Italian Sojourn Does Stage Door Well

The Stage Door Theatre’s current production of â”Light in the Piazza” finds the Coral Springs playhouse stepping out of its comfort zone of Neil Simon comedies and dusty Broadway antiques – and it’s all the better for it.

Set in Florence in 1953 and based on an old novella, “Light in the Piazza” scored six Tonys in 2005, despite -or because – it didn’t succumb to the predictable formulas of Broadway musicals. The songs are not infectious

and poppy; rather, they have the baroque complexity of opera. Unlike most shows set in foreign countries, in which all the local characters sing in an accented English,”Light in the Piazza” has a few songs performed entirely in Italian, often without translations. And as a romance, the characters’ chemistry is rapturous, sensuous and, for Stage Door, surprisingly fleshy.

The story centers on a blossoming romance between Clara Johnson (Lara Hayhurst), a bubbly young American blonde, and Fabrizio Naccarelli (Dylan Thompson), the kind Florentine suitor she encounters on a brief Italian holiday with her mother Margaret (Gabrielle Visser). Margaret is unusually overprotective of her daughter; we get the impression that her sheltering and smothering is not limited to dalliances with men abroad. Eventually, we come to understand her justification: Clara suffered a freak accident on her 12thbirthday, and her mental and emotional faculties have not evolved since.

Clara’s condition mostly manifests itself in petulant, childish outbursts, and Stage Door’s technical team does a wonderful job of visualizing her disorder. Lost in Florence while trying to meet Fabrizio for a midnight rendezvous, Clara loses control, and so does the set design: The shifting panels of Renaissance art that served as the story’s backdrop break apart, come together and divide themselves again, reflecting Clara’s fractured mental state and her physical disconnection. In general, this show is a technical marvel, especially considering its limited budget. Andrew Meyers’ expressive lighting design dazzles throughout. The only deficiencies arise from the audio system; watch out for insistent beeps and fuzzy static, and some of the English-language lyrics are not always clear.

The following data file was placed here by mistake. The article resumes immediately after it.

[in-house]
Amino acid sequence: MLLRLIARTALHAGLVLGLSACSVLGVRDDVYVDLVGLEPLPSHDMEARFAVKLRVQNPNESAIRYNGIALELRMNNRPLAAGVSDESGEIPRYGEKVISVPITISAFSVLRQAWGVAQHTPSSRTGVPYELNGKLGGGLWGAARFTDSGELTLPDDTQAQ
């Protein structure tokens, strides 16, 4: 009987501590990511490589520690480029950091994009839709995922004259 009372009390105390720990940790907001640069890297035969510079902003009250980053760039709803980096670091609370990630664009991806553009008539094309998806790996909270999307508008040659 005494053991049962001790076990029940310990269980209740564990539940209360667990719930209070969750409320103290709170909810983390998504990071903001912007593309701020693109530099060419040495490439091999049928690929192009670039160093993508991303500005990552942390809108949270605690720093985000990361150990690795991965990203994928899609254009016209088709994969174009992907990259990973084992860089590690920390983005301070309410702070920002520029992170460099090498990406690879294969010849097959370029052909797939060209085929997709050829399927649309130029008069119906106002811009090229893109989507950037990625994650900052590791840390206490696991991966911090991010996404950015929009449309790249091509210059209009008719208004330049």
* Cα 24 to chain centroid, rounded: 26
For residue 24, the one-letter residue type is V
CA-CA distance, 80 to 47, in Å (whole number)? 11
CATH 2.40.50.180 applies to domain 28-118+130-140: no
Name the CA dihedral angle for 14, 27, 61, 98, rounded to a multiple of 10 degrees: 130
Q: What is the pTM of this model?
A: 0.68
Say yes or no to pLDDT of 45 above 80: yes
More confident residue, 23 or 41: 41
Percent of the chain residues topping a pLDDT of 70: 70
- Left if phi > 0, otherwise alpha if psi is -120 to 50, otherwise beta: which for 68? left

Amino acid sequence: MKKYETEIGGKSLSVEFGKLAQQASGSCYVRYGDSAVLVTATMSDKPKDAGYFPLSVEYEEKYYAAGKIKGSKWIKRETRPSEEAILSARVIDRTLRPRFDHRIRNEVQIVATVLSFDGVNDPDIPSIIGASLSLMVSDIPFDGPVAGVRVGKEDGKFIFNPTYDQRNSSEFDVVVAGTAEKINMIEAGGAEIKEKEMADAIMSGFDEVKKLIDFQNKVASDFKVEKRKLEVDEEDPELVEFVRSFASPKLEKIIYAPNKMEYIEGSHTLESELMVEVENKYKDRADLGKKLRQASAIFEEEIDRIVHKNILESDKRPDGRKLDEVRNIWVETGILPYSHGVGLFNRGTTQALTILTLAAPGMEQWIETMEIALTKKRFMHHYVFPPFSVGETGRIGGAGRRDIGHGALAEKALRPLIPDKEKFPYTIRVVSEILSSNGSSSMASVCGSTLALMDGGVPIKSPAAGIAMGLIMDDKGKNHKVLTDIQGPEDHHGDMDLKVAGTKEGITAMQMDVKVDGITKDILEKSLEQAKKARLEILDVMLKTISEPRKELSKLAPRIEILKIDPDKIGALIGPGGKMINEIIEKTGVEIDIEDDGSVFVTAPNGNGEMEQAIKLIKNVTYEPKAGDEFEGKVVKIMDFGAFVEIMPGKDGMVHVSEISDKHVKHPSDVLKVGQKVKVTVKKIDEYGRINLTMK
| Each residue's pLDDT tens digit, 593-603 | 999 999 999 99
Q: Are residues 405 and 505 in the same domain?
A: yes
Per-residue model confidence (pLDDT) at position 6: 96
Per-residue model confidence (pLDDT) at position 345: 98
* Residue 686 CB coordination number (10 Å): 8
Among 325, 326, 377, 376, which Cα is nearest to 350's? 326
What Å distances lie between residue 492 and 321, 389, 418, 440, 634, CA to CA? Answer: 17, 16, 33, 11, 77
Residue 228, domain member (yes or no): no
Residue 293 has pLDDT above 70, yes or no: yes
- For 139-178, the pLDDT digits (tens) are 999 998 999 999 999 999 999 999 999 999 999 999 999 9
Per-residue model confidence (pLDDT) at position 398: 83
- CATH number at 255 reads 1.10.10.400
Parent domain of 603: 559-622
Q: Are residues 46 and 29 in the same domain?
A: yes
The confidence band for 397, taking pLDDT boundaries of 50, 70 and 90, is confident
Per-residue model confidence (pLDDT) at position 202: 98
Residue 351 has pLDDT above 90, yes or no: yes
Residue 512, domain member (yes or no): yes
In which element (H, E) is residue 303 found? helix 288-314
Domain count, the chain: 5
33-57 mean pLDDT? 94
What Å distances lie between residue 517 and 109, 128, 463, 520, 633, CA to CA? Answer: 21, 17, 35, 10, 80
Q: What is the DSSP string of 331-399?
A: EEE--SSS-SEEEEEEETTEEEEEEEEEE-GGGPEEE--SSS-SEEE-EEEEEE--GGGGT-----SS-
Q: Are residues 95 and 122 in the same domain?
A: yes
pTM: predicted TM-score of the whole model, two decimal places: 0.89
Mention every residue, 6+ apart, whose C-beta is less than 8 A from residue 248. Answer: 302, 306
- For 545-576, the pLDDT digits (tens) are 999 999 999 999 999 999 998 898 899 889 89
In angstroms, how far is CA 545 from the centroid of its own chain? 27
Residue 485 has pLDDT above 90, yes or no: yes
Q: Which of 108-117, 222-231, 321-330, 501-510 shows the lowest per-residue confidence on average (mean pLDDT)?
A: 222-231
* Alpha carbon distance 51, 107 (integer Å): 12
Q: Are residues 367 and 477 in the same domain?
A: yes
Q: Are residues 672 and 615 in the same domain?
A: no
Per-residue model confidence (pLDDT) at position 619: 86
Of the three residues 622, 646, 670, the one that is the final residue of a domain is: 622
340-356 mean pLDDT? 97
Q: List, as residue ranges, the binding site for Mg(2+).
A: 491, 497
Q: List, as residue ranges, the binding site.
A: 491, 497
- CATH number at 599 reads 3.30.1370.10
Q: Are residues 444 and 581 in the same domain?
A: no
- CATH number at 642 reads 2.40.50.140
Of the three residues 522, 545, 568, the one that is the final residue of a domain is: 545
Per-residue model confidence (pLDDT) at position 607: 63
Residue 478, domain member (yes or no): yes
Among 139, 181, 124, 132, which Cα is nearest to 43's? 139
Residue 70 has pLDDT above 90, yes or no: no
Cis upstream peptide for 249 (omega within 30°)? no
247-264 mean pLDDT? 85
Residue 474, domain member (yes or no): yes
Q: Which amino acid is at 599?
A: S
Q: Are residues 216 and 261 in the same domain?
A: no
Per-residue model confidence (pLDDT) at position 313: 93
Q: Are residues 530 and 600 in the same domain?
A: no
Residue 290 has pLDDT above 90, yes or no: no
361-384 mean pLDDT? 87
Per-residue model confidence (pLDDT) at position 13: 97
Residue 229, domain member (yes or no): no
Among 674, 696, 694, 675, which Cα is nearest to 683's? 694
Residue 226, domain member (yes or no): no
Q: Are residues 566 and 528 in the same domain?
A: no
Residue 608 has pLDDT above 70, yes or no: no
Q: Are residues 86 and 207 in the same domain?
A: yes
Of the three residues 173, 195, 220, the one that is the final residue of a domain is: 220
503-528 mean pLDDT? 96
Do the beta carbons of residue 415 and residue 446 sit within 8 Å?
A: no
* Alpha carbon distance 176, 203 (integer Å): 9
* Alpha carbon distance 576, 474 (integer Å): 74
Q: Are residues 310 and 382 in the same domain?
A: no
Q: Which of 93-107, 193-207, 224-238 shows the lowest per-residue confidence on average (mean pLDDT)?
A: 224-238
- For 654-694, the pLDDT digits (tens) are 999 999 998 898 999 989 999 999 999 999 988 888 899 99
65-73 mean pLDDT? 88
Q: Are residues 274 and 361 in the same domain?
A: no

The supporting cast is a hit-and-miss ensemble. The hits really soar, including Natalie Ramirez as the jaded girlfriend to Fabrizio’s brother, while the misses really sink, particularly Bruce Rebold, who turns Fabrizio’s stern father into a cartoon stereotype from an Italian farce – everything Ramirez isn’t.

Hayhurst and Thompson are both fine as the young paramours, but Visser runs away with the show, thanks to her incredible pipes and the deep reservoirs of melancholy she imbues her character. Suffering through what we come to realize is a loveless marriage to a relative monster, Visser humanizes an initially unlikable character. It’s her lot in life, not Clara’s, that makes for the story’s real tragedy.

“Light in the Piazza” is at the Stage Door Theatre, 8036 W. Sample Road, Margate, through April 10. Tickets are $38. Call 954/344-7765 or visitwww.stagedoortheatre.com.